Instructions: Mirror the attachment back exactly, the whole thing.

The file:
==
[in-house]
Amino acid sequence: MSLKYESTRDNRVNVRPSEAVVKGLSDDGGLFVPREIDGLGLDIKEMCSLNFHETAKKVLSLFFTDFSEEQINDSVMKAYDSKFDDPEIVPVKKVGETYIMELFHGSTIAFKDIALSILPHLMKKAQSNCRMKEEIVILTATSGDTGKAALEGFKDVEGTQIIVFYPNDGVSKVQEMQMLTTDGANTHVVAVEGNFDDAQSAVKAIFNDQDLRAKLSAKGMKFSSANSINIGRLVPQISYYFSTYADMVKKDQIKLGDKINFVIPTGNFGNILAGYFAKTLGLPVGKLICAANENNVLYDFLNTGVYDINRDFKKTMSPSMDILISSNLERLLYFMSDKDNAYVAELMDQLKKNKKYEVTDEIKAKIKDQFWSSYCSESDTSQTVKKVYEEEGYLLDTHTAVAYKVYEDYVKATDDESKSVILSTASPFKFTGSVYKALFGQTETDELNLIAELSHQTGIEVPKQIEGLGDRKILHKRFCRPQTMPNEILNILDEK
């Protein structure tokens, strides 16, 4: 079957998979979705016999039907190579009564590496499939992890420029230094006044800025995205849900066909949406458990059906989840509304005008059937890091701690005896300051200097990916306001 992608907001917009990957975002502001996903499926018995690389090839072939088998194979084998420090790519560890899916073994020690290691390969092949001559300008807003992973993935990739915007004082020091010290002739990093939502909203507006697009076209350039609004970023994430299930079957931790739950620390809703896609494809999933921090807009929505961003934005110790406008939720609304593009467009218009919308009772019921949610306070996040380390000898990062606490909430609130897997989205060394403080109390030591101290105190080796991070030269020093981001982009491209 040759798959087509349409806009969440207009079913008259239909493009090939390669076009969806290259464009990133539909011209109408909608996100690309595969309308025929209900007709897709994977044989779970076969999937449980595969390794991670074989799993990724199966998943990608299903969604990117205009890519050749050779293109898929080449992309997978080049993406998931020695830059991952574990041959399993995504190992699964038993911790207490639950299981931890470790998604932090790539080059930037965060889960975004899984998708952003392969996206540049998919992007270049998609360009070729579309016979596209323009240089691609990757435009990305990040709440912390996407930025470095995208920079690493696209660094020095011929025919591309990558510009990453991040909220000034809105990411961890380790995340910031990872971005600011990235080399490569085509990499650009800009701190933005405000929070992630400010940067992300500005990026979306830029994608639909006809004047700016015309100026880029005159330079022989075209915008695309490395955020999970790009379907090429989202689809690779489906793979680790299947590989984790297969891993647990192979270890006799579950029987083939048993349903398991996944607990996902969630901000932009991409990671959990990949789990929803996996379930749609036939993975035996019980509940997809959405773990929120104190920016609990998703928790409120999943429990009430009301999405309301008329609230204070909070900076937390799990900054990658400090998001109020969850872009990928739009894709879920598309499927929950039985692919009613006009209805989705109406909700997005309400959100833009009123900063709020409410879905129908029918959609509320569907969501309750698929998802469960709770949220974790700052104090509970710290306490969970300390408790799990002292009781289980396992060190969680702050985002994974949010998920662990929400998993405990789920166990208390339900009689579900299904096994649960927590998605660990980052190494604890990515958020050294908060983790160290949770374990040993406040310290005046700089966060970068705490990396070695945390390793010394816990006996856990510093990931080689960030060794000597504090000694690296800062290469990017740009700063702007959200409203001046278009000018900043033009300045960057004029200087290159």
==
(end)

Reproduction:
[in-house]
Amino acid sequence: MSLKYESTRDNRVNVRPSEAVVKGLSDDGGLFVPREIDGLGLDIKEMCSLNFHETAKKVLSLFFTDFSEEQINDSVMKAYDSKFDDPEIVPVKKVGETYIMELFHGSTIAFKDIALSILPHLMKKAQSNCRMKEEIVILTATSGDTGKAALEGFKDVEGTQIIVFYPNDGVSKVQEMQMLTTDGANTHVVAVEGNFDDAQSAVKAIFNDQDLRAKLSAKGMKFSSANSINIGRLVPQISYYFSTYADMVKKDQIKLGDKINFVIPTGNFGNILAGYFAKTLGLPVGKLICAANENNVLYDFLNTGVYDINRDFKKTMSPSMDILISSNLERLLYFMSDKDNAYVAELMDQLKKNKKYEVTDEIKAKIKDQFWSSYCSESDTSQTVKKVYEEEGYLLDTHTAVAYKVYEDYVKATDDESKSVILSTASPFKFTGSVYKALFGQTETDELNLIAELSHQTGIEVPKQIEGLGDRKILHKRFCRPQTMPNEILNILDEK
């Protein structure tokens, strides 16, 4: 079957998979979705016999039907190579009564590496499939992890420029230094006044800025995205849900066909949406458990059906989840509304005008059937890091701690005896300051200097990916306001 992608907001917009990957975002502001996903499926018995690389090839072939088998194979084998420090790519560890899916073994020690290691390969092949001559300008807003992973993935990739915007004082020091010290002739990093939502909203507006697009076209350039609004970023994430299930079957931790739950620390809703896609494809999933921090807009929505961003934005110790406008939720609304593009467009218009919308009772019921949610306070996040380390000898990062606490909430609130897997989205060394403080109390030591101290105190080796991070030269020093981001982009491209 040759798959087509349409806009969440207009079913008259239909493009090939390669076009969806290259464009990133539909011209109408909608996100690309595969309308025929209900007709897709994977044989779970076969999937449980595969390794991670074989799993990724199966998943990608299903969604990117205009890519050749050779293109898929080449992309997978080049993406998931020695830059991952574990041959399993995504190992699964038993911790207490639950299981931890470790998604932090790539080059930037965060889960975004899984998708952003392969996206540049998919992007270049998609360009070729579309016979596209323009240089691609990757435009990305990040709440912390996407930025470095995208920079690493696209660094020095011929025919591309990558510009990453991040909220000034809105990411961890380790995340910031990872971005600011990235080399490569085509990499650009800009701190933005405000929070992630400010940067992300500005990026979306830029994608639909006809004047700016015309100026880029005159330079022989075209915008695309490395955020999970790009379907090429989202689809690779489906793979680790299947590989984790297969891993647990192979270890006799579950029987083939048993349903398991996944607990996902969630901000932009991409990671959990990949789990929803996996379930749609036939993975035996019980509940997809959405773990929120104190920016609990998703928790409120999943429990009430009301999405309301008329609230204070909070900076937390799990900054990658400090998001109020969850872009990928739009894709879920598309499927929950039985692919009613006009209805989705109406909700997005309400959100833009009123900063709020409410879905129908029918959609509320569907969501309750698929998802469960709770949220974790700052104090509970710290306490969970300390408790799990002292009781289980396992060190969680702050985002994974949010998920662990929400998993405990789920166990208390339900009689579900299904096994649960927590998605660990980052190494604890990515958020050294908060983790160290949770374990040993406040310290005046700089966060970068705490990396070695945390390793010394816990006996856990510093990931080689960030060794000597504090000694690296800062290469990017740009700063702007959200409203001046278009000018900043033009300045960057004029200087290159």